The more physical activity a person does, the lower the risk of a stroke, a review of 23 international studies finds.
“Reduction in stroke risk is another reason to participate in regular and moderate-to-high intensity physical activity,” said the report in the October edition of the American Heart Association journal Stroke.
It’s known that exercise reduces the risk of heart disease, the leading cause of death in the United States. But researchers have done less work on stroke, the third-leading cause.
The researchers drew data from some of the largest examinations of the effects of physical activity on health. Among these are the National Health and Nutrition Examination Survey by the Centers for Disease Control and Prevention, and three databases run by Harvard University researchers, which followed male doctors, female nurses and male Harvard alumni. These studies previously had helped to establish the benefit of exercise against heart disease.
Although the definitions of highly active varied from study to study, jogging 15 to 20 minutes a day on most days would qualify as highly active, said Chong Do Lee, lead author of the report and an assistant professor of sport and exercise sciences at West Texas A&M University. Moderate activity would be the equivalent of brisk walks of 30 minutes a day on most days, he said.
The analysis did not show why physical activity reduces stroke risk, but it’s probably due to the same factors that affect heart disease risk, Lee said.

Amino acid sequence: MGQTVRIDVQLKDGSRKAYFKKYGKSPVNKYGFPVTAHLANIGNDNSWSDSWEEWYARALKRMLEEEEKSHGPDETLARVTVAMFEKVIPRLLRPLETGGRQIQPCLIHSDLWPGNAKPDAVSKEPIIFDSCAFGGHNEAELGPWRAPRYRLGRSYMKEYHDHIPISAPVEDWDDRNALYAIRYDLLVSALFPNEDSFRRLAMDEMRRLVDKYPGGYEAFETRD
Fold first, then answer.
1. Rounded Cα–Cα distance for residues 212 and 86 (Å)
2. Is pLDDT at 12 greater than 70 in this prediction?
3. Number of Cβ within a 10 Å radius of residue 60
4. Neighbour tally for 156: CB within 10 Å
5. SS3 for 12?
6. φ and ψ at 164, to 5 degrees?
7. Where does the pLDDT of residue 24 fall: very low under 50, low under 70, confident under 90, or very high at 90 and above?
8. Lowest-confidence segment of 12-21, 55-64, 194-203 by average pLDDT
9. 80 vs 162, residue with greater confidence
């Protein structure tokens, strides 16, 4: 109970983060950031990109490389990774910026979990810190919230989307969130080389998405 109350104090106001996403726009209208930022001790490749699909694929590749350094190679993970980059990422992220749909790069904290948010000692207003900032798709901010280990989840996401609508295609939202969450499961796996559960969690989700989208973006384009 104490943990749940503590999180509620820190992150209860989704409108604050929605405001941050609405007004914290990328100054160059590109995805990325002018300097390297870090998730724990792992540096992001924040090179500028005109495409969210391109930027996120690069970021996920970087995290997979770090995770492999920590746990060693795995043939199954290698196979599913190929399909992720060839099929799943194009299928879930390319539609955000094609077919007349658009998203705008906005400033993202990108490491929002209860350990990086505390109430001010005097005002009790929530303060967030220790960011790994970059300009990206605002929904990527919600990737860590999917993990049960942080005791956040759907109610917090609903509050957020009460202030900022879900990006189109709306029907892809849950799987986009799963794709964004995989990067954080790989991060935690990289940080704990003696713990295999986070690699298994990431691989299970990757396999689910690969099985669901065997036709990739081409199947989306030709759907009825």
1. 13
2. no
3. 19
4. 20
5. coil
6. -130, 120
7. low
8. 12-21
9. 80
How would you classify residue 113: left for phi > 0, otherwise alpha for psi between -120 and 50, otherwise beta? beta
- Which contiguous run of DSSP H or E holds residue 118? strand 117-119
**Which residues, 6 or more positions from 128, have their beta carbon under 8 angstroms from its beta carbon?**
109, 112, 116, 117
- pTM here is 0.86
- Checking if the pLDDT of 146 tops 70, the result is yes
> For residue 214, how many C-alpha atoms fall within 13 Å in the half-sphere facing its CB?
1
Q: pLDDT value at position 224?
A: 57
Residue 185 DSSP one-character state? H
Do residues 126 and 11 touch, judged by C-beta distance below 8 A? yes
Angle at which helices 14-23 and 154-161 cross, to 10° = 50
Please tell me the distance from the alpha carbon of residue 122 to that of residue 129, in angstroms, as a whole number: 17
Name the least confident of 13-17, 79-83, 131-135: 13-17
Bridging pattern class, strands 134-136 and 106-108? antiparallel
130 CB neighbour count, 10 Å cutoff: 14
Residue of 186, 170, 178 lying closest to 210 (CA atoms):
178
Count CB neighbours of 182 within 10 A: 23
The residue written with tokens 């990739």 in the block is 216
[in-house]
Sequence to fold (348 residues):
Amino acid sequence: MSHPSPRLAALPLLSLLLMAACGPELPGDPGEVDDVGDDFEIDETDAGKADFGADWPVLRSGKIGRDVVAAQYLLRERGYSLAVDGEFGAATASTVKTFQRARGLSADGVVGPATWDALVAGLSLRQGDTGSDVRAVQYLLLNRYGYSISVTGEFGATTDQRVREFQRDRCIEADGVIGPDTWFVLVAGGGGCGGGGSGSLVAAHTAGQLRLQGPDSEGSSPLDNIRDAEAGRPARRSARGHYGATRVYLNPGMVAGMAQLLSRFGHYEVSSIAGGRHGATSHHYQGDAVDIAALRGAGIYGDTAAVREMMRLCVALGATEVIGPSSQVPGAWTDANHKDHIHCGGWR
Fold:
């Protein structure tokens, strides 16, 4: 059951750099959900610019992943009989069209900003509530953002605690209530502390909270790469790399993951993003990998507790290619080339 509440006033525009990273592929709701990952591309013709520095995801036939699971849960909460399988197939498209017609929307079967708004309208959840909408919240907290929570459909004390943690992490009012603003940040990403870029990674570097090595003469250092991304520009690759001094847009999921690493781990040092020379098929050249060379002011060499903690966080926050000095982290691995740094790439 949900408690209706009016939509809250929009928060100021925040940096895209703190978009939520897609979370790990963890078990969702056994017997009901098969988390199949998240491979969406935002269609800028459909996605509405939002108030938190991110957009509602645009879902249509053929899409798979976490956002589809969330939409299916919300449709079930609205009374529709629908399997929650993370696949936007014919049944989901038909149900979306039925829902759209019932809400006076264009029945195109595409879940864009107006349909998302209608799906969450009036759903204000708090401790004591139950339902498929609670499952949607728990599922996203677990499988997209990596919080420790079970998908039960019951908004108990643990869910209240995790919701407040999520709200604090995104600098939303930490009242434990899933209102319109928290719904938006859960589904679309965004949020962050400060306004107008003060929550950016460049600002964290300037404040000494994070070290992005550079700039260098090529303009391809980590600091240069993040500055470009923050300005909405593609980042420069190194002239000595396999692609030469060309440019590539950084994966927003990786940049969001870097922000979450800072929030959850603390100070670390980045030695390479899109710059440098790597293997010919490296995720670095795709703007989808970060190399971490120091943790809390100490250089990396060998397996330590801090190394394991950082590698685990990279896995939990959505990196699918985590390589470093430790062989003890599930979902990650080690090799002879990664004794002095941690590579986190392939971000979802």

Heart disease and stroke result from damage to small blood vessels. Physical activity protects against damage to those vessels by such means as lowering blood pressure and cholesterol levels, improving the ability of the vessels to widen when more blood flow is needed, and reducing the likelihood of a clot inside a blood vessel.
The findings demonstrate that “one of the most simple, natural and cheapest ways of preventing a stroke is to exercise regularly,” an editorial in the journal said. And the analysis also shows that people who do more exercise get more benefit, wrote Dr. Michael Brainin of Donauklinikum and Danube University in Austria.
Even though moderate activity is good, people should not stop there. “It is now established beyond reasonable doubt that high-level physical activity is to be strongly recommended,” Brainin said.
“This paper fills a good void,” said Dr. Paul D. Thompson, director of preventive cardiology at Hartford Hospital in Connecticut, who was not part of the research project.
The benefits of physical activity on heart disease have been easier to study because there is more heart disease, which made it necessary to comb through a lot of data to amass enough stroke cases for meaningful conclusions, Thompson said.
However, the article’s findings relied on participants’ responses to questionnaires. And it would be better if a large study had people exercise, so scientists could watch what happens to their stroke risk, Thompson said. But such a project would be very expensive. “There will never be such a giant study, I don’t think,” he said.